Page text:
[2] We begin our answer to this argument with the observation that "the nature of the right sued upon, not the form of action or the relief demanded, determines the applicability of the statute of limitations." (Jefferson v. J. E. French Co. (1960) 54 Cal. 2d 717, 718 [7 Cal. Rptr. 899, 355 P.2d 643].) The question we must pursue, then, is the nature of the right upon which plaintiff is suing.

[1b] Courts have frequently been asked to choose between the one-year period of section 340, subdivision 3, and the two-year period of section 339, subdivision 1. The principle of selection which has emerged is that the one-year period applies to all alleged infringements of personal rights, whereas the two-year period applies only to alleged infringements of property rights. (Tu-Vu Drive-In Corp. v. Davies, supra, 66 Cal. 2d 435, 436-437; Cain v. State Farm Mut. Auto. Ins. Co. (1976) 62 Cal. App. 3d 310, 313 [132 Cal. Rptr. 860]; Edwards v. Fresno Community Hosp. (1974) 38 Cal. App. 3d 702, 705 [113 Cal. Rptr. 579]; Simons v. Edouarde (1950) 98 Cal. App. 2d 826, 828 [221 P.2d 203]. See also,Neel v. Magana, Olney, Levy, Cathcart & Gelfand (1971) 6 Cal. 3d 176, 182 [98 Cal. Rptr. 837, 491 P.2d 421].) Allstate suggests that an action alleging emotional distress necessarily alleges infringement of a personal right and is therefore subject to the one-year period.

If Allstate's analysis is correct, then tort actions against insurers for bad faith are sometimes subject to the two-year period, and at other times to the one-year period, depending on whether emotional distress is [117 Cal. App. 3d 13] alleged or not. This result would be unprecedented, for we are aware of no other cause of action subject to multiple limitations periods depending on the damages sought, and we fear that this result would produce much confusion and unnecessary litigation.

The error in Allstate's reasoning is the assumption that a tort action against an insurer for bad faith is based upon an alleged interference with a personal right merely because mental distress is alleged. Breach of the implied covenant of good faith is actionable because such conduct causes financial loss to the insured, and it is the financial loss or risk of financial loss which defines the cause of action. Mental distress is compensable as an aggravation of the financial damages, not as a separate cause of action. fn. 3 (SeeGruenberg v. Aetna Ins. Co. (1973) 9 Cal. 3d 566, 578-580 [108 Cal. Rptr. 480, 510 P.2d 1032].) We are satisfied, accordingly, that a tort action against an insurer for bad faith is subject to the two-year limitations period of section 339, subdivision 1.

Allstate's reliance on Purcell v. Colonial Ins. Co. (1971) 20 Cal. App. 3d 807 [97 Cal. Rptr. 874], is misplaced. The court upheld a judgment dismissing a bad faith action on the ground that the plaintiff lacked standing to sue and stated that "the issue of the statute of limitations is moot." (At p. 814.) Moreover, the court noted: "Plaintiff is anxious to concede that the one-year statute of limitations applies and to argue only the point at which the cause of action accrued." (At p. 813.) Although the court stated the action appeared to be barred by the one-year limitations period, this statement has no value as precedent because the court itself indicated the statement was dictum and also because the statement was addressed to the issue of accrual rather than to the applicable limitations period. A case is not authority for a proposition not considered. (Consumers Lobby Against Monopolies v. Public Utilities Com. (1979) 25 Cal. 3d 891, 902 [160 Cal. Rptr. 124, 603 P.2d 41].)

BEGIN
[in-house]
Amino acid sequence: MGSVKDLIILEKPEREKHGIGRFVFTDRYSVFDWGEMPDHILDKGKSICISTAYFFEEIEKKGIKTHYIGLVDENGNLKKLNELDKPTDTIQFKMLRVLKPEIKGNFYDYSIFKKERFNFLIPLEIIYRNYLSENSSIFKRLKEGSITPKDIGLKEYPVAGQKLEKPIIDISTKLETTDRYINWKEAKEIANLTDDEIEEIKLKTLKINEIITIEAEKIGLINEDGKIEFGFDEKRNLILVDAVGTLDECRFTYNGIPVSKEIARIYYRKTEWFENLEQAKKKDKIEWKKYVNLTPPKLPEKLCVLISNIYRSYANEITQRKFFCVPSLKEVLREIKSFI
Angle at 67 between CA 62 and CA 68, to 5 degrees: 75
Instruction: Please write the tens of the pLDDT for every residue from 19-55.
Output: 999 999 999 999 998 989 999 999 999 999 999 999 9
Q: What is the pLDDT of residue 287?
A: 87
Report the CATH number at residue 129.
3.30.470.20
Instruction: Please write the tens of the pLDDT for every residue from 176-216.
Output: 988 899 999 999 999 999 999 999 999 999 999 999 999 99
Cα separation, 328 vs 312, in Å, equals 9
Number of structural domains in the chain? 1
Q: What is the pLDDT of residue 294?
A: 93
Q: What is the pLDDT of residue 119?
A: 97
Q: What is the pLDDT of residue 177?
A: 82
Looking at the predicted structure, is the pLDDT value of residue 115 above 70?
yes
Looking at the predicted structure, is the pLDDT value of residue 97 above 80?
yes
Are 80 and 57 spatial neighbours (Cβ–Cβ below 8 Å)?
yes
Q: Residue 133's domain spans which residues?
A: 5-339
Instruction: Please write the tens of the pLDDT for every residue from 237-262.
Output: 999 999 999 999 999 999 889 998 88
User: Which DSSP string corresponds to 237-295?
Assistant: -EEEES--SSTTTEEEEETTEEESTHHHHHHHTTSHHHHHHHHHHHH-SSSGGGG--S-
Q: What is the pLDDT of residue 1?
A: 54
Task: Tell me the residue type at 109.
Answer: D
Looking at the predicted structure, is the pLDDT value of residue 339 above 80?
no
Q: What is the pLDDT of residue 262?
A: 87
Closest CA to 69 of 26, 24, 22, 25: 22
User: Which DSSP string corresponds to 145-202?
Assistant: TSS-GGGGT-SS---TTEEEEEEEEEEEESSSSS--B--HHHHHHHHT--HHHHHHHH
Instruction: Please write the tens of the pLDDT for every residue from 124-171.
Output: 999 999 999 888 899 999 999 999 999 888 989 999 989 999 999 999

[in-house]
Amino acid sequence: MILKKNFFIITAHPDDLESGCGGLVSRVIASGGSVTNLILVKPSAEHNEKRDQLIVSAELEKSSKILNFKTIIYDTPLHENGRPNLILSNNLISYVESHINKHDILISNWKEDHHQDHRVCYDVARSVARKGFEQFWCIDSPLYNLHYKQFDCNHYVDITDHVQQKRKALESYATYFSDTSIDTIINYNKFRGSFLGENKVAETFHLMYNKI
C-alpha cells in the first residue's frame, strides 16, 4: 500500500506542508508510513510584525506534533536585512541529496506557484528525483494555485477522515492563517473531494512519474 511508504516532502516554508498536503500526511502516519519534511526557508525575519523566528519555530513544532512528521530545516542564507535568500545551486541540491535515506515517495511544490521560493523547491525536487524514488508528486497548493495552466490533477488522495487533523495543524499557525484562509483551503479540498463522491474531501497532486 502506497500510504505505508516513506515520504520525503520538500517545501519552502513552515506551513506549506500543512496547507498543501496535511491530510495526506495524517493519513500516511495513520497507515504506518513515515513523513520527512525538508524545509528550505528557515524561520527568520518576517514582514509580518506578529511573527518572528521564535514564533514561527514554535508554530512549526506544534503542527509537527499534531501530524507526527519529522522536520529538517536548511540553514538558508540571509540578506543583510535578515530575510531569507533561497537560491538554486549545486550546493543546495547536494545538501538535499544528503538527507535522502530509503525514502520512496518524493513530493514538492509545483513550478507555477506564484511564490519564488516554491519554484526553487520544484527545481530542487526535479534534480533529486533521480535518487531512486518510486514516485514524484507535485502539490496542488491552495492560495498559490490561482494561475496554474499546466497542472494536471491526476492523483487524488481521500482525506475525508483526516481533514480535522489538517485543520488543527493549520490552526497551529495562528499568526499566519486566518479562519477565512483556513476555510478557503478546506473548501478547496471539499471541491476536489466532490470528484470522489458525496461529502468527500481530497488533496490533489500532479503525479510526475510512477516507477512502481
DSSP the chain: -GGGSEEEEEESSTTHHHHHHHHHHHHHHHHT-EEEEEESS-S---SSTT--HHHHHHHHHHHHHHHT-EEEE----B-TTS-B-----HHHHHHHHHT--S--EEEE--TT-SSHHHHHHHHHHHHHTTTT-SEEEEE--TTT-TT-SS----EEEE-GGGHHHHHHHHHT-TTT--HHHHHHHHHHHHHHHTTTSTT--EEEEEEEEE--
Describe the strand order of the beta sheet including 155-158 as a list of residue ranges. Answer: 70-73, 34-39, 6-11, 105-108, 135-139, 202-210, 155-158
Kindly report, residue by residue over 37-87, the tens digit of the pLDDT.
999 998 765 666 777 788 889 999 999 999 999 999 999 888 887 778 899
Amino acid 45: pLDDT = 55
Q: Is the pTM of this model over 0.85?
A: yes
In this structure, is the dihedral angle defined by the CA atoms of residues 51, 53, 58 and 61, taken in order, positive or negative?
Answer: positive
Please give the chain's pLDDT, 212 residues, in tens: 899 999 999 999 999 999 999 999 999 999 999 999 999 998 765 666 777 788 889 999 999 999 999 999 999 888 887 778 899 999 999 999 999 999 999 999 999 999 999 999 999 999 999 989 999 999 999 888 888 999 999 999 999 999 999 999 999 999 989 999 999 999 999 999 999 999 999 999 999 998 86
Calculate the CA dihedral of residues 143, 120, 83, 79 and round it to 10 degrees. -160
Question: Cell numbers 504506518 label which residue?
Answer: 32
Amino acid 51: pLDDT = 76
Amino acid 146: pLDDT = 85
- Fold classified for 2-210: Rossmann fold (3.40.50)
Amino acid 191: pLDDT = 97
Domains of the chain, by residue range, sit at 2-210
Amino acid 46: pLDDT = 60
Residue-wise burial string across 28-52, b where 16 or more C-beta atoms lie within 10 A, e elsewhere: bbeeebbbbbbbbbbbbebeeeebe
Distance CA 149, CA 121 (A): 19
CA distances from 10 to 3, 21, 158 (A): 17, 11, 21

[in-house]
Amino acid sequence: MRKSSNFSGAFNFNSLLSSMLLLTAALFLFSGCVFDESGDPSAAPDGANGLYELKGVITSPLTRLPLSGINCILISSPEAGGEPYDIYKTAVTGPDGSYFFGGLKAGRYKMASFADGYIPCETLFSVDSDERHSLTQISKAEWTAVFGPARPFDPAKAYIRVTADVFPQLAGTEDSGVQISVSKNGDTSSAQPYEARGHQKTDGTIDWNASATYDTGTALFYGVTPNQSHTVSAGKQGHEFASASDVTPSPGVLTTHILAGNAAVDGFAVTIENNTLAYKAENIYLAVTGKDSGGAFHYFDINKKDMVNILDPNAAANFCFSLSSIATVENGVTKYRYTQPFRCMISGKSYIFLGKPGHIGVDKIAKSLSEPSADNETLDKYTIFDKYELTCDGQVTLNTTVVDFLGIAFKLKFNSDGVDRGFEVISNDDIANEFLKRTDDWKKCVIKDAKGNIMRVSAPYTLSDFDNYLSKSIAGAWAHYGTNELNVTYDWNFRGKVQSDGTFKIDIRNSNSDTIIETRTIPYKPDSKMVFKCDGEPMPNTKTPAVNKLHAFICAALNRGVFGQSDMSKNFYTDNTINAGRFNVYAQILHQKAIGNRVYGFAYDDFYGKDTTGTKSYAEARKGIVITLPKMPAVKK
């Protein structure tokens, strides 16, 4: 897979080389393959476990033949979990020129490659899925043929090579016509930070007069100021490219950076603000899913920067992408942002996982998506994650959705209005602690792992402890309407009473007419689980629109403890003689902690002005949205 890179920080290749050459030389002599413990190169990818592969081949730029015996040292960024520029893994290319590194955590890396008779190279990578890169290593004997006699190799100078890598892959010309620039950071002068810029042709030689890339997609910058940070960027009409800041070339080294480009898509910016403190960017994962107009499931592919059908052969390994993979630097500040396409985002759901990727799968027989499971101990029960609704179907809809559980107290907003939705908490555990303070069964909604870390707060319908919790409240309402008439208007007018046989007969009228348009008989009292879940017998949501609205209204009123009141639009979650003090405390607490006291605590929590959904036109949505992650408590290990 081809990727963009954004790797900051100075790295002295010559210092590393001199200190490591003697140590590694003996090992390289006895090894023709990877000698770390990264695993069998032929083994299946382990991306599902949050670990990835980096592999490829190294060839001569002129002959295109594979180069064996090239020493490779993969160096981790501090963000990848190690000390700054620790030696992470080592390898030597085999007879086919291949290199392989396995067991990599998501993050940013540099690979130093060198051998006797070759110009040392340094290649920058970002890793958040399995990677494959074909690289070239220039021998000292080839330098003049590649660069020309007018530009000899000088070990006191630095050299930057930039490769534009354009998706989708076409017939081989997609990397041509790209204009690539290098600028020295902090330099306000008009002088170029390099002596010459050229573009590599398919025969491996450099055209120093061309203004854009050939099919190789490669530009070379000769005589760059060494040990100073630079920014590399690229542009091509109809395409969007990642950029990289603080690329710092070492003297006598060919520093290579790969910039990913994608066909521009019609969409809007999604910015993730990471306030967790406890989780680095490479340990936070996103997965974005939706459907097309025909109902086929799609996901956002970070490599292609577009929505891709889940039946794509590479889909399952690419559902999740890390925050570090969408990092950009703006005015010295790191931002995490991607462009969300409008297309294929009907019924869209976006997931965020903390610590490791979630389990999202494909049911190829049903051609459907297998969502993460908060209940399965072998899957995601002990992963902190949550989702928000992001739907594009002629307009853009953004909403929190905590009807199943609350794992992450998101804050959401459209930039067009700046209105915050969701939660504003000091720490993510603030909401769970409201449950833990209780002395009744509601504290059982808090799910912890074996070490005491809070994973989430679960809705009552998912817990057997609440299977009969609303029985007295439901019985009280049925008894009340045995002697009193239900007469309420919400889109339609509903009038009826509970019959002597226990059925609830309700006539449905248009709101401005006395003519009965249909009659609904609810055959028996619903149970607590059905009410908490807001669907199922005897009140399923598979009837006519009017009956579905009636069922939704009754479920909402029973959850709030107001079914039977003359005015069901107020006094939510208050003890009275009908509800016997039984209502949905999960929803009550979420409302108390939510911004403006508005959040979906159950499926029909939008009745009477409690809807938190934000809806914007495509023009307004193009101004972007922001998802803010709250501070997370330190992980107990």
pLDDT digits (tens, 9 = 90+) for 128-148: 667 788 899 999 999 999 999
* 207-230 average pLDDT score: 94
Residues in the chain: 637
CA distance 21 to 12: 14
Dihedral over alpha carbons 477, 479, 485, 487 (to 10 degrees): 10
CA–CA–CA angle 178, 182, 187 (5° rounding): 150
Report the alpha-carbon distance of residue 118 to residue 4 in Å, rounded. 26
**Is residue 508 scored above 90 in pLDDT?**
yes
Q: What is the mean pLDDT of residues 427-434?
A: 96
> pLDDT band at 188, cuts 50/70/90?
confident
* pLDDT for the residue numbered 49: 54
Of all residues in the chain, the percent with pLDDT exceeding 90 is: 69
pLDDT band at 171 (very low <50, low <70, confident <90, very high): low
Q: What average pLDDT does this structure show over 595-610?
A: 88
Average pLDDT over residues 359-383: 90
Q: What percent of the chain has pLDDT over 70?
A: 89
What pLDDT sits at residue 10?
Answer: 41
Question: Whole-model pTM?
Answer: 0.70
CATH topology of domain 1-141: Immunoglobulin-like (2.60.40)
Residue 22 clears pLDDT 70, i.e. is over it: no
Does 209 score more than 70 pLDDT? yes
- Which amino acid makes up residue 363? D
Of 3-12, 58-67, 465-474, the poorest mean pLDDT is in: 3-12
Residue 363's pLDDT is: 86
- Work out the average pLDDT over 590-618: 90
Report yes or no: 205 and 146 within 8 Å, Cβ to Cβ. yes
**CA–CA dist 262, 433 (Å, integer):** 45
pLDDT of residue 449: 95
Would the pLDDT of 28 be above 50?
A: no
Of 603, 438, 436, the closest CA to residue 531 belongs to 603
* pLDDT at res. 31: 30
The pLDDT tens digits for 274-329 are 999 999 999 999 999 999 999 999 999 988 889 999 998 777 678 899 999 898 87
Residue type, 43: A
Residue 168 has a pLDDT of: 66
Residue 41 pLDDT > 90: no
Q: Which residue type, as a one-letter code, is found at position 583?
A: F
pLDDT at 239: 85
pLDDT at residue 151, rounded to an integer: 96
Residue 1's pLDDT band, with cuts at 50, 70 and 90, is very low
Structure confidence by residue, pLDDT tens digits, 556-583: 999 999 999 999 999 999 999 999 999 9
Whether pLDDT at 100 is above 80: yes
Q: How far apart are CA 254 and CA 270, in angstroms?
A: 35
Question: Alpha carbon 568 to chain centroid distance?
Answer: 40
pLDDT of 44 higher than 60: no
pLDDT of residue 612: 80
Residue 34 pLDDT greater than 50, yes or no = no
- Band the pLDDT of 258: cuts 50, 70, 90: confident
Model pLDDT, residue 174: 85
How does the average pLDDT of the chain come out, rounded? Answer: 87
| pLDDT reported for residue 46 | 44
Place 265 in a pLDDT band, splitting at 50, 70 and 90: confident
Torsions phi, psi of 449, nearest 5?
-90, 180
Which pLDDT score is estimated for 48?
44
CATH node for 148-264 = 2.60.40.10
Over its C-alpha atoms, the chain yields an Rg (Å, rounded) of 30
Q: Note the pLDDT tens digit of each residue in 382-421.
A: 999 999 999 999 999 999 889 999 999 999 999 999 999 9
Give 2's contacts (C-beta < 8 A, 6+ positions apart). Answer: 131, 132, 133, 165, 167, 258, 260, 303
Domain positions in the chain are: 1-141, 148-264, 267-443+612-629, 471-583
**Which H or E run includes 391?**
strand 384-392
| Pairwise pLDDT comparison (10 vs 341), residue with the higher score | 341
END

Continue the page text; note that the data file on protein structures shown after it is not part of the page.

The statute of limitations was tolled during plaintiff's minority. (§ 352.) As the action was filed less than two years after plaintiff's eighteenth birthday, it was timely under section 339, subdivision 1. [117 Cal. App. 3d 14]

Having concluded that plaintiff's action was timely filed as a tort action under the two-year statute, it is unnecessary to decide whether plaintiff could also claim the benefit of the four-year statute applicable to an action on a written contract.

Plaintiff has also contended that the second and third causes of action contain, apart from the bad faith action, a separate cause of action for breach of Insurance Code section 790.03, defining certain conduct as unfair practices in the business of insurance. Apparently these allegations were included in an attempt to bring the action within the three-year statute applicable to an action on a statutory liability. (§ 338, subd. 1.) Where a complaint pleads two interconnected causes of action, each governed by a different limitations period, the court must determine which cause of action is basic or "quintessential" and which is merely ancillary or incidental. (SeeJefferson v. J. E. French Co., supra, 54 Cal. 2d 717, 718-719; Leeper v. Beltrami (1959) 53 Cal. 2d 195, 214 [1 Cal. Rptr. 12, 347 P.2d 12, 77 A.L.R.2d 803]; People v. Union Oil Co. (1957) 48 Cal. 2d 476, 483 [310 P.2d 409]; Voth v. Wasco Public Util. Dist. (1976) 56 Cal. App. 3d 353, 356 [128 Cal. Rptr. 608].) Here we need not decide whether the allegations of statutory violation state a separate cause of action, or whether such a cause of action is basic or incidental, because we have concluded that the action was in any event timely filed.

The judgment is reversed.

Gardner, P. J., and Morris, J., concurred.

FN 1. Allstate has apparently conceded that plaintiff is an insured under the policy in regard to this accident.

FN 2. Subdivision 3 provides for a one-year period for an "action for libel, slander, assault, battery, false imprisonment, seduction of a person below the age of legal consent, or for injury to or for the death of one caused by the wrongful act or neglect of another ...." (Italics supplied.)

Hereafter, all section references in this opinion are to the Code of Civil Procedure.

FN 3. To be distinguished, of course, are cases such as Cain v. State Farm Mut. Auto. Ins. Co., supra, 62 Cal. App. 3d 310, where it was alleged that surveillance by agents of an insurance company constituted an invasion of privacy. Since the primary wrong was an invasion of personal rather than property rights, the court concluded that section 340, subdivision 3, applied.